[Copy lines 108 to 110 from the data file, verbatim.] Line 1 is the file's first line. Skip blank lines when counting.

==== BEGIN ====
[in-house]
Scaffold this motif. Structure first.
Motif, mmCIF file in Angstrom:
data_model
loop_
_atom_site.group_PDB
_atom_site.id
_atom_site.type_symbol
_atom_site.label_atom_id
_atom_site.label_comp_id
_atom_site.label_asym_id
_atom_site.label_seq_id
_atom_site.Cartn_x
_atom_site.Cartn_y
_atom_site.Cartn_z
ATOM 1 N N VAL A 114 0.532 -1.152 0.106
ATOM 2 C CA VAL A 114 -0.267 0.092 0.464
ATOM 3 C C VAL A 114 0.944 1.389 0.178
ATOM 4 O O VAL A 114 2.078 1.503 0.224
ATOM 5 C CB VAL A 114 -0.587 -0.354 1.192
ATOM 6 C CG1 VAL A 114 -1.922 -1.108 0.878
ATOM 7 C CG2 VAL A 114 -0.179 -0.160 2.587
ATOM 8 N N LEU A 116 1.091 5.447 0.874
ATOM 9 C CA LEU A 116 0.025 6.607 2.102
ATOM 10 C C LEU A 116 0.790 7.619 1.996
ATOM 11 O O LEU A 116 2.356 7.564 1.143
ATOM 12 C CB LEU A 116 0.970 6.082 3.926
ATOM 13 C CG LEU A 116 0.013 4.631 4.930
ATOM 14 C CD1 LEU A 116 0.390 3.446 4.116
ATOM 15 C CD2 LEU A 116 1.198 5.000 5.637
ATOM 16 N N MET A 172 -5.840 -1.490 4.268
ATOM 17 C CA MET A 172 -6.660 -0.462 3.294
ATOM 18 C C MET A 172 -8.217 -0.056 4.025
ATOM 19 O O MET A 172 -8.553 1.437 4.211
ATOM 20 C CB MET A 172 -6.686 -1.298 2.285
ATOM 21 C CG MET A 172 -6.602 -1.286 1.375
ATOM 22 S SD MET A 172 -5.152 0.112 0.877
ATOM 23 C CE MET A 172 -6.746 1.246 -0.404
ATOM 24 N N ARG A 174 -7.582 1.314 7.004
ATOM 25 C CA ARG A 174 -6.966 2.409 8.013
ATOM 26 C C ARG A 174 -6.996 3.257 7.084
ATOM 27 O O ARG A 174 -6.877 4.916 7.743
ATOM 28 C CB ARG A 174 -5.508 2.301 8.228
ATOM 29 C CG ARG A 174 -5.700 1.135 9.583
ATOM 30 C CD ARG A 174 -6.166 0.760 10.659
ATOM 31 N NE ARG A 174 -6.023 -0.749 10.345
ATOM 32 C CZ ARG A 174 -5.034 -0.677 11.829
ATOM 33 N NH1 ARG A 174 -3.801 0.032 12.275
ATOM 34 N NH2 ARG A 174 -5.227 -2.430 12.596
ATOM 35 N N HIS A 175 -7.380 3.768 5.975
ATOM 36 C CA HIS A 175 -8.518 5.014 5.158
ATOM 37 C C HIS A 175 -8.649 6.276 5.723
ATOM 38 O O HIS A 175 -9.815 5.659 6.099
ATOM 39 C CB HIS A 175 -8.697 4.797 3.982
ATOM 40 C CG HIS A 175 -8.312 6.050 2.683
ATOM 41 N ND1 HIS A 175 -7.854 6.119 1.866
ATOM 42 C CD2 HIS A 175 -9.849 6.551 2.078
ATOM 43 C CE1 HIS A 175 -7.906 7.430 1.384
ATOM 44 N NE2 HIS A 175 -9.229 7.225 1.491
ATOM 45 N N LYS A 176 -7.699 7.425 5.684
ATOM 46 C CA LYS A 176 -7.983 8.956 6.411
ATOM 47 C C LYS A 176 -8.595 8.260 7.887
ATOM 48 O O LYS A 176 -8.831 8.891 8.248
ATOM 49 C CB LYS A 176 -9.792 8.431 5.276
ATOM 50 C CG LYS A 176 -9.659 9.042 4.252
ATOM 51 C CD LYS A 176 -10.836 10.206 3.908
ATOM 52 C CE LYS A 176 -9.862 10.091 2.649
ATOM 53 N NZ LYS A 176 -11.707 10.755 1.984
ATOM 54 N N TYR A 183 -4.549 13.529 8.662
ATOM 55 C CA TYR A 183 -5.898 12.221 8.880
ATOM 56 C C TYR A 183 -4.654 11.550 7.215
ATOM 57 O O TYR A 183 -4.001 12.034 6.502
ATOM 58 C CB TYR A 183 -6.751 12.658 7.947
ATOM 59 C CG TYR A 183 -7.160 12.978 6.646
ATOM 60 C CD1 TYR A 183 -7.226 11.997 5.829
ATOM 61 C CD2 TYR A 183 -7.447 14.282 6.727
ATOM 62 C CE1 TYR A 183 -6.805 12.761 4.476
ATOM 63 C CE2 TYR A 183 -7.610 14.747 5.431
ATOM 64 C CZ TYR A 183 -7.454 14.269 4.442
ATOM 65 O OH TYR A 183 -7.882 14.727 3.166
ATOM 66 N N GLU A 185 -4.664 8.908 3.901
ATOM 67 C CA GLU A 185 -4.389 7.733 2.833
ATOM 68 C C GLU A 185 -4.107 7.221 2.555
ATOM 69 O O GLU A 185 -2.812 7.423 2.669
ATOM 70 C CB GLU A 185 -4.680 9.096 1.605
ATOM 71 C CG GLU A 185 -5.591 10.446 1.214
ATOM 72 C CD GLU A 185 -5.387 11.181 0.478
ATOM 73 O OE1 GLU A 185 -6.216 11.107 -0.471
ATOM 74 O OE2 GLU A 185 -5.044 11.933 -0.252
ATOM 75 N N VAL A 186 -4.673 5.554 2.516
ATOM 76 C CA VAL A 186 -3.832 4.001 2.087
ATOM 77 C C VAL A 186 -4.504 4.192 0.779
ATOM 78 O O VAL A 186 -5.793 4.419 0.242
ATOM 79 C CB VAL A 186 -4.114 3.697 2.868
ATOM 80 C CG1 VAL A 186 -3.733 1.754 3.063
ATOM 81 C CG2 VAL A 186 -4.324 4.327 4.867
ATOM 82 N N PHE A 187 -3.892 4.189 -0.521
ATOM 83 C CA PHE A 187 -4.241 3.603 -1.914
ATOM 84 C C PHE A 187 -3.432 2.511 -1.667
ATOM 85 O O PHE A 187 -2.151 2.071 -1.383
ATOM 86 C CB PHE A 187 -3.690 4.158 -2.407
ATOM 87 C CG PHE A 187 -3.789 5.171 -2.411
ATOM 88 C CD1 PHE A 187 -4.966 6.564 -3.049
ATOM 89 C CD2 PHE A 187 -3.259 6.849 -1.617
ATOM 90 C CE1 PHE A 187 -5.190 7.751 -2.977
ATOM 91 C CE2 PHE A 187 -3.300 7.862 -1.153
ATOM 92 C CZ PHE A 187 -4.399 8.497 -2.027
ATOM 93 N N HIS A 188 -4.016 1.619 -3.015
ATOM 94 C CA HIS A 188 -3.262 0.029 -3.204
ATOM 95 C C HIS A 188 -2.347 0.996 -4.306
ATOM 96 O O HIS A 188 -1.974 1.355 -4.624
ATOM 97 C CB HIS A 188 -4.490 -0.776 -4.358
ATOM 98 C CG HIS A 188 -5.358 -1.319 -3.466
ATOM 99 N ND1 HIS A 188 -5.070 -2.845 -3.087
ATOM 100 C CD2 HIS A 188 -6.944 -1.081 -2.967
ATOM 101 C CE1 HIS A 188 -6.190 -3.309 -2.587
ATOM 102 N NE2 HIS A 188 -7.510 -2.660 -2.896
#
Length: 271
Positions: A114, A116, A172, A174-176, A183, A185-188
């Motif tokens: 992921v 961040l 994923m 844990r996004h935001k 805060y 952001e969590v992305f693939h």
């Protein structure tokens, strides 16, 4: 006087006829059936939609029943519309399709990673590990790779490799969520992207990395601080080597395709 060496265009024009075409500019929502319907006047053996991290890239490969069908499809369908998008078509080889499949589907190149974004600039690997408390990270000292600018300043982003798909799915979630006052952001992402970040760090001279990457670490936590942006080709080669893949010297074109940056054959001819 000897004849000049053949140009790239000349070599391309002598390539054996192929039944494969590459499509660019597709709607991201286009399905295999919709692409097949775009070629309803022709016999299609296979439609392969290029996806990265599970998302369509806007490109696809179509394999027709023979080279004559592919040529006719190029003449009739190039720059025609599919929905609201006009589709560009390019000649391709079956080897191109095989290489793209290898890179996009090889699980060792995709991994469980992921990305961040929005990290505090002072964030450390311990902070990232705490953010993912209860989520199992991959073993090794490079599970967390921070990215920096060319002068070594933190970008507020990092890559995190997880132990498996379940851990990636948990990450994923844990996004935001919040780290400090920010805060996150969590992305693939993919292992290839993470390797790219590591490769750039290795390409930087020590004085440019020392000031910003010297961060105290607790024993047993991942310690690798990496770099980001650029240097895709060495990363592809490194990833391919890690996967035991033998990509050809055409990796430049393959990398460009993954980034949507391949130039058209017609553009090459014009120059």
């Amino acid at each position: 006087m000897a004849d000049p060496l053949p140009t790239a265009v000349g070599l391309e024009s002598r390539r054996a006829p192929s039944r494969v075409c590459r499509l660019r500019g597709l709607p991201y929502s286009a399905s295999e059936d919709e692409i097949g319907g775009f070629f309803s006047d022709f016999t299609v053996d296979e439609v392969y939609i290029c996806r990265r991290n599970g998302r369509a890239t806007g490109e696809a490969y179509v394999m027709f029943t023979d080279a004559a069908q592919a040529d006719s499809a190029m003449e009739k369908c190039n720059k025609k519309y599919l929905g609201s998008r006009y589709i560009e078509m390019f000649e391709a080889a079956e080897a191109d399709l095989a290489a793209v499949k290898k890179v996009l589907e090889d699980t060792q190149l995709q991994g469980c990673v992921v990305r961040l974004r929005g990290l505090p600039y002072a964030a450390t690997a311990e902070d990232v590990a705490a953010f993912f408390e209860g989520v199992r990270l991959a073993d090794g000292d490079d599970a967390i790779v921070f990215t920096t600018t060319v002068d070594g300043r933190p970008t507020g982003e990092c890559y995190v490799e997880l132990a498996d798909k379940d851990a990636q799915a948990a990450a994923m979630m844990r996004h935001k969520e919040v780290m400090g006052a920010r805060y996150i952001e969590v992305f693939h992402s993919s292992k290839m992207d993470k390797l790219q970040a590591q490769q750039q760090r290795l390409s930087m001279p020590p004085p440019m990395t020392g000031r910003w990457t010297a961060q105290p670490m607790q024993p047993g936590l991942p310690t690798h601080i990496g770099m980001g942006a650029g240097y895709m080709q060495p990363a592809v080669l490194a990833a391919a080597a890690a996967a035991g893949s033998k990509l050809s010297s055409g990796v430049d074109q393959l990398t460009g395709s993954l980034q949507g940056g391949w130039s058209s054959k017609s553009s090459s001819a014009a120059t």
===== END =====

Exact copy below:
ATOM 93 N N HIS A 188 -4.016 1.619 -3.015
ATOM 94 C CA HIS A 188 -3.262 0.029 -3.204
ATOM 95 C C HIS A 188 -2.347 0.996 -4.306